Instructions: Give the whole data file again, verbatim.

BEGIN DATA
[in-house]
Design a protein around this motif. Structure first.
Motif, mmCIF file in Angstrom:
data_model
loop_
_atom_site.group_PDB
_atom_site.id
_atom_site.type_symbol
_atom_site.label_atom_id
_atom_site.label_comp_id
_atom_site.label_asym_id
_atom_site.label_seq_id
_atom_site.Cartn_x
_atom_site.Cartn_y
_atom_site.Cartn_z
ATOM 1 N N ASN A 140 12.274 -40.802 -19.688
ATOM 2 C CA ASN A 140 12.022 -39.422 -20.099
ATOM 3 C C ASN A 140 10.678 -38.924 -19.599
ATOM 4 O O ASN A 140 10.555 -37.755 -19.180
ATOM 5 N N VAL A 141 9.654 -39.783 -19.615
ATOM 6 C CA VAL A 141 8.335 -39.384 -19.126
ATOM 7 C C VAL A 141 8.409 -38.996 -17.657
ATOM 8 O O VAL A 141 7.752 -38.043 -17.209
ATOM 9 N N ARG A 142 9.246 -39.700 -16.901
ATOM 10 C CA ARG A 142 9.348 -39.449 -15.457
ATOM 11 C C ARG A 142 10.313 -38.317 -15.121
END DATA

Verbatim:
[in-house]
Design a protein around this motif. Structure first.
Motif, mmCIF file in Angstrom:
data_model
loop_
_atom_site.group_PDB
_atom_site.id
_atom_site.type_symbol
_atom_site.label_atom_id
_atom_site.label_comp_id
_atom_site.label_asym_id
_atom_site.label_seq_id
_atom_site.Cartn_x
_atom_site.Cartn_y
_atom_site.Cartn_z
ATOM 1 N N ASN A 140 12.274 -40.802 -19.688
ATOM 2 C CA ASN A 140 12.022 -39.422 -20.099
ATOM 3 C C ASN A 140 10.678 -38.924 -19.599
ATOM 4 O O ASN A 140 10.555 -37.755 -19.180
ATOM 5 N N VAL A 141 9.654 -39.783 -19.615
ATOM 6 C CA VAL A 141 8.335 -39.384 -19.126
ATOM 7 C C VAL A 141 8.409 -38.996 -17.657
ATOM 8 O O VAL A 141 7.752 -38.043 -17.209
ATOM 9 N N ARG A 142 9.246 -39.700 -16.901
ATOM 10 C CA ARG A 142 9.348 -39.449 -15.457
ATOM 11 C C ARG A 142 10.313 -38.317 -15.121